To prepare, I’d read The Peaks of Lyell (1954), an industrial history of the Mt Lyell Mining and Railway Company, one of those old works of research that record in extreme detail materials extracted from the archives. The type of book that attains historical authority, calcified by a thousand facts on each page that can veil the subjectivity of the researchers’ entrenched and often problematic biases. The detail is overwhelming. You have to read the whole thing to follow the main and NP characters, their movements, failures, deceptions, and piece together the imbricated geological, organisational, financial machinery of the mine.
In the 10 years since my visit, this place, story and dry book have stayed with me. A background obsession while i researched and wrote my own version of industrial history (about the retirement housing industry - different machines and materials, some similarly extractive themes), and later while i learned creative coding as another sort of machine. So, I have made a p5.js machine about the Mt Lyell machinery, and about the weird machinery of this book.
The Little Lyell Machines bring together three digital materials: visual material, words, and sequence + navigation.
The visual material is the randomness and layering of the color, form and arrangement of a field of rubble. Ordinary and beautiful.
The words, barely visible at first, are tiny fragments scattered within the rubble. Words from the mining history are combined at mint into 12 labels describing the little machines of Mt Lyell: tools of discovery, tree felling, water channelling, rock tunnelling, mine machining, mineral sampling, land and sea transporting, company structuring, human labouring, stock trading, air polluting, landscape changing.
Sequence and navigation is the system that connects the visual and word materials, and the wide and detailed scales. Through screenTouch navigation the viewer moves through a sequence in the rock field. Interactivity is a core materiality of computer art because viewing the work is tightly connected to devices, intimately and constantly touched.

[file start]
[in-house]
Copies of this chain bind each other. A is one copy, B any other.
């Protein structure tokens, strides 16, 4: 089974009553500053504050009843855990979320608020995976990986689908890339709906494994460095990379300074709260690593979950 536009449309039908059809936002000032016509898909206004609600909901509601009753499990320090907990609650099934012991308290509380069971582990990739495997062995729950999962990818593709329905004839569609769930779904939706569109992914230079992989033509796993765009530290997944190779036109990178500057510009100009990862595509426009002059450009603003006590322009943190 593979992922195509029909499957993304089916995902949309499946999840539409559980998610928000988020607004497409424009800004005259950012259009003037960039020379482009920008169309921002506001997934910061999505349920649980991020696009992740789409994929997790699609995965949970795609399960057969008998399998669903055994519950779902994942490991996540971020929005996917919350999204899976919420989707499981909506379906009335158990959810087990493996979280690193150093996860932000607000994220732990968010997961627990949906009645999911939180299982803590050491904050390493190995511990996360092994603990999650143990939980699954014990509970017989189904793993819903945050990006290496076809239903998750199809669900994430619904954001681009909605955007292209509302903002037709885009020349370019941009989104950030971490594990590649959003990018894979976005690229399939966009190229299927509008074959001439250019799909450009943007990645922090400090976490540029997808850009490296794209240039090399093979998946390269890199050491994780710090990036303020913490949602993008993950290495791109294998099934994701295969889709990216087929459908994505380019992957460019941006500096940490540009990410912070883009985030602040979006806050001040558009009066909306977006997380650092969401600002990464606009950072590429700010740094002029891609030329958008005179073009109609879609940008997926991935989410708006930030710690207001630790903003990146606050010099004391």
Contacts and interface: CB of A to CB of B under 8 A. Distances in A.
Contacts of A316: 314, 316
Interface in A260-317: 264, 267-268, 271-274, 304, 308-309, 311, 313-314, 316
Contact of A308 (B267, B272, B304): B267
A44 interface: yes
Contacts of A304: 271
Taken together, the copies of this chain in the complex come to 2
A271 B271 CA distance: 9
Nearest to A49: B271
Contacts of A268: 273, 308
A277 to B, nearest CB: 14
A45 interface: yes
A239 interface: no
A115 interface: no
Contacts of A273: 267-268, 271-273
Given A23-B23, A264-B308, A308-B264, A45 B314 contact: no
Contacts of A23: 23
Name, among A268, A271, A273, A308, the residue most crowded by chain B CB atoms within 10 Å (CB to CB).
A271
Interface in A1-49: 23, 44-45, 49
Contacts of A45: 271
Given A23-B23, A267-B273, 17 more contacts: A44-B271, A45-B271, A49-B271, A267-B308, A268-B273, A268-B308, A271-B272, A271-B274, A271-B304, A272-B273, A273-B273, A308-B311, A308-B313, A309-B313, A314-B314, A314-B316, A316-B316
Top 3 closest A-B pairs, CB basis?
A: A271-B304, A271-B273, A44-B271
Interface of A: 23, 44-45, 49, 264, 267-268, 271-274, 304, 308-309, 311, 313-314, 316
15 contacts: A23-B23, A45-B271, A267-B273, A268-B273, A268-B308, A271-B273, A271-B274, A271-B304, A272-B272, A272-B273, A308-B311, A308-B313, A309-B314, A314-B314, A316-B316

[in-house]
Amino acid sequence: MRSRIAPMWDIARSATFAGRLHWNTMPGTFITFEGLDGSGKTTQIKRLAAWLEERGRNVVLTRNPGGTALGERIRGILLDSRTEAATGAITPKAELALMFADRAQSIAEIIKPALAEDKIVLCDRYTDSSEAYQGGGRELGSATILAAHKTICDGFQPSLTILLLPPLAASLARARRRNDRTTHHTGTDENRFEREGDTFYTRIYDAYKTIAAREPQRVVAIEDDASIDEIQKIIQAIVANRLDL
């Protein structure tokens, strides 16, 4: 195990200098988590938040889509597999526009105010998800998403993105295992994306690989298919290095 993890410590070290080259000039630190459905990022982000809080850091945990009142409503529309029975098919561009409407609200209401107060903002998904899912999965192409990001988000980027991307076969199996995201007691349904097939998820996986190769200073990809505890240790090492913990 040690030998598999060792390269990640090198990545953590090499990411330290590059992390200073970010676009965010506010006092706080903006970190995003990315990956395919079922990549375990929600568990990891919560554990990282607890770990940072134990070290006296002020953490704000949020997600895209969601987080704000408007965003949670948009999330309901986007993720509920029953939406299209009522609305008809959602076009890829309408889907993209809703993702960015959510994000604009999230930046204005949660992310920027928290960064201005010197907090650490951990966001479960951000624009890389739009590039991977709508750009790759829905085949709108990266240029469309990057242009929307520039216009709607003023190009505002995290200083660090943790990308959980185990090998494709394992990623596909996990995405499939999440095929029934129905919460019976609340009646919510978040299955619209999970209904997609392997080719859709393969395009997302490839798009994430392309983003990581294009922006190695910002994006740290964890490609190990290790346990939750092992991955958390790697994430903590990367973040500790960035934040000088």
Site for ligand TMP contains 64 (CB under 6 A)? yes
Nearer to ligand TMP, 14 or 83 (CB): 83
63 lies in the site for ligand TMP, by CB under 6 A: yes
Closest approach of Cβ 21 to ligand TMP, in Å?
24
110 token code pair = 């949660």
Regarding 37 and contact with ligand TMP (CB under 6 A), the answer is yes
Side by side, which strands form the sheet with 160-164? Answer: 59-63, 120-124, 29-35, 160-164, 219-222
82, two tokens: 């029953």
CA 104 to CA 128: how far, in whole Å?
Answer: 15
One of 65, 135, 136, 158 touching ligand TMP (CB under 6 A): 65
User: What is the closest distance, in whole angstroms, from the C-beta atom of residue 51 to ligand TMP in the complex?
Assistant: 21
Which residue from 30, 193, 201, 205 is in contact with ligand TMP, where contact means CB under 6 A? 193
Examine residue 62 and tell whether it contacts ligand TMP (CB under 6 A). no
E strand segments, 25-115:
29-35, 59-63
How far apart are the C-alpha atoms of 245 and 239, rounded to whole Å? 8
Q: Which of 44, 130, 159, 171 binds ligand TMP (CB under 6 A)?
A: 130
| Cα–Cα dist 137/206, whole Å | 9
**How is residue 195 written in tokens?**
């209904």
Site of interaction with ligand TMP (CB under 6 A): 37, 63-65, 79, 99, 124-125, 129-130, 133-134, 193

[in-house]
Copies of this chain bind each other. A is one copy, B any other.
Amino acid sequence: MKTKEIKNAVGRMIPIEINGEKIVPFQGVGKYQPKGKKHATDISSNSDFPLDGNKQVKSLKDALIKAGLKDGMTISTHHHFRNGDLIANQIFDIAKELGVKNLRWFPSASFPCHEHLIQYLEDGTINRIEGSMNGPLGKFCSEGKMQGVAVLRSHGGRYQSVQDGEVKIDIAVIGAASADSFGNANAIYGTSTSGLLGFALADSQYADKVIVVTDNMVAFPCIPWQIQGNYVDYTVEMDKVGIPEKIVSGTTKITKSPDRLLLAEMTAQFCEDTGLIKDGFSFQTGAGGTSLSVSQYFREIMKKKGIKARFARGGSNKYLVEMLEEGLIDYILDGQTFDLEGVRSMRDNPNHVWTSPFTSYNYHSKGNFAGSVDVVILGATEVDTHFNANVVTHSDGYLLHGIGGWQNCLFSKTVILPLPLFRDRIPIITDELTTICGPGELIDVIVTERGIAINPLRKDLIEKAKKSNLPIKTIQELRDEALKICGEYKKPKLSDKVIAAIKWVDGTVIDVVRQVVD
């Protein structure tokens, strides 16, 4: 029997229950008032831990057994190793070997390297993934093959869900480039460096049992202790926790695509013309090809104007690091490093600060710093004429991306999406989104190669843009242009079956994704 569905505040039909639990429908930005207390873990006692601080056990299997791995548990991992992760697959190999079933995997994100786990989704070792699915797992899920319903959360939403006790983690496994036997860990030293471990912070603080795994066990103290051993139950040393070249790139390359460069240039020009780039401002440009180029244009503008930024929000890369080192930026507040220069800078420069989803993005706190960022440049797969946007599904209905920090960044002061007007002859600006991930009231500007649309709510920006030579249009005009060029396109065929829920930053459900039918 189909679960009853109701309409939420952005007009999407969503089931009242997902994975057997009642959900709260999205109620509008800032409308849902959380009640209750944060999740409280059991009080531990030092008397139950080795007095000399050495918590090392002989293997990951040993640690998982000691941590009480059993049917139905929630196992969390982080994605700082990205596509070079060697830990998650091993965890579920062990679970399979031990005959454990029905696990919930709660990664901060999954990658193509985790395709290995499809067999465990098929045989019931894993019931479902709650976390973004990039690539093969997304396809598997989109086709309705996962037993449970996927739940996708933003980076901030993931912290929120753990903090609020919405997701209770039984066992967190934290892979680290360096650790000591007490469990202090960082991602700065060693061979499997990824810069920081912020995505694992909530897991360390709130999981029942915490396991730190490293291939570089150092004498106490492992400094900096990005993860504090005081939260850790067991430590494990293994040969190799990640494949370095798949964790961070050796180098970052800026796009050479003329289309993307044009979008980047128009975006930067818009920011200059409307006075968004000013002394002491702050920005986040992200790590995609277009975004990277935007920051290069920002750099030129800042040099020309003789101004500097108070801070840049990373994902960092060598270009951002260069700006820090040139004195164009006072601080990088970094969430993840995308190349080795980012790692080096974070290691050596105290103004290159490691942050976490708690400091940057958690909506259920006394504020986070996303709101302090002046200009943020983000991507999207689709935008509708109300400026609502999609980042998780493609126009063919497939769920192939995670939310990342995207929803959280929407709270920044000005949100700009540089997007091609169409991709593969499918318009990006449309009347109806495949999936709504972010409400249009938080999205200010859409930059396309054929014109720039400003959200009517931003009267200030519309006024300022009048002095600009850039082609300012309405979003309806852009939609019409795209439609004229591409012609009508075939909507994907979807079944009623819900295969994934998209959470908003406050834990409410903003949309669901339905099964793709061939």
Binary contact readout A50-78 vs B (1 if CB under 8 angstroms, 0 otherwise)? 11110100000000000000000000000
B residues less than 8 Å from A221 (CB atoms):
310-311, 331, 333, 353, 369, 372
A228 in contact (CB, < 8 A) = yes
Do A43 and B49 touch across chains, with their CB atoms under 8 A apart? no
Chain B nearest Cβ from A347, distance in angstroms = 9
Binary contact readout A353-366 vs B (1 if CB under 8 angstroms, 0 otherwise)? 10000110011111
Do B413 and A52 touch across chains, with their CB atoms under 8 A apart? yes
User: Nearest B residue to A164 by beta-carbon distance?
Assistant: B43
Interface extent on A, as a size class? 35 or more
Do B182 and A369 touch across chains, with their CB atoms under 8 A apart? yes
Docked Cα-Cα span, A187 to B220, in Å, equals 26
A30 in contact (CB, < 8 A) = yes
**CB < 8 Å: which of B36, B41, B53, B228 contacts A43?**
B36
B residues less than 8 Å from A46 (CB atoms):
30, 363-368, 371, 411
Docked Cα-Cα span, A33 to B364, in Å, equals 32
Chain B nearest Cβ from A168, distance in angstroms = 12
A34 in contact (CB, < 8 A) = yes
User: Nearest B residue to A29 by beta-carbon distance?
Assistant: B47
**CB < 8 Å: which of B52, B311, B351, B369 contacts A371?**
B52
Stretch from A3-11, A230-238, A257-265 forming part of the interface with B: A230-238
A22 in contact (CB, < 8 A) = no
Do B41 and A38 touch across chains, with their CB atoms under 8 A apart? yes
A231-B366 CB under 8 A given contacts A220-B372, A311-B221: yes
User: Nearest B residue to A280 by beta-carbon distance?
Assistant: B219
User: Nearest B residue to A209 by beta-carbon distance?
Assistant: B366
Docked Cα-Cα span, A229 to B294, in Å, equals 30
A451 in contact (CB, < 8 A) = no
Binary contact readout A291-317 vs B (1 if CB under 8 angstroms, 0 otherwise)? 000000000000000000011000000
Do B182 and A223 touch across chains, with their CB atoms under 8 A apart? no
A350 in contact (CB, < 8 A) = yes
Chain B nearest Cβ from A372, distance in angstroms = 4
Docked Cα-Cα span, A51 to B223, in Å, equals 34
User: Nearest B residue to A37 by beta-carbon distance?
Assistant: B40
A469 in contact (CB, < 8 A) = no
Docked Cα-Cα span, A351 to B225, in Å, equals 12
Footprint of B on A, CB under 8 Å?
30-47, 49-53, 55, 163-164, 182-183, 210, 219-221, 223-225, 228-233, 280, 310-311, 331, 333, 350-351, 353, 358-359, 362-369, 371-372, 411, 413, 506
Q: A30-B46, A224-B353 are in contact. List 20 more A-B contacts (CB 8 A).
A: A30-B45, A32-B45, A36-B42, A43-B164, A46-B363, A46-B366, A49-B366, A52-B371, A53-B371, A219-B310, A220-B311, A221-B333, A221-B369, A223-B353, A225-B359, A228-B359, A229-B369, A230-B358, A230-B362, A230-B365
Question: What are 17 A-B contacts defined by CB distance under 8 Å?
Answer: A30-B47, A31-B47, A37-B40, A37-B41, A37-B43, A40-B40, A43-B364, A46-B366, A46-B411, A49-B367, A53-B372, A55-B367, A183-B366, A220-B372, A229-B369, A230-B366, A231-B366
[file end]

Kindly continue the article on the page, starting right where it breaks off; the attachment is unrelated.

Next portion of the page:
The work is a ‘slide’, like an insert to a microfiche or View-Master, containing detailed information made visible through the viewing machine. A system to bring 12 fragments into one story, to fit it into one algorithm.
The catalogue of fragments and their labels make an insufficient sliver of sense. Taken away from the gravity of the book’s pages, the labels float with faint information, a wisp of meaning. This is what history is: The moment in time and its catalogue of remnants, no longer used and barely understood in isolation.
The moment in time (Tas, 1897) when extreme never-ending resources were assured. I’m honestly not making a stupid statement about crypto, it’s just the way of humans to hype and extract, falsify and rug. There was a time when the founders and influencers believed this tiny town embedded in dense wilderness would grow into a major city on the back of its copper supply, a beautiful city with tramcars running down streets lined with skyscrapers. The copper became more expensive to extract, prices collapsed, and the Lyell machinery lies in remnants.
Sten is a Melbourne-based coder and generative artist. Over the past year, she has released 4 NFT collections and grown her commitment to the social practices of learning and making code-based art. Sten is constantly exploring the power and possibilities of systems in generative art, and the opportunities for viewers to interact with those systems.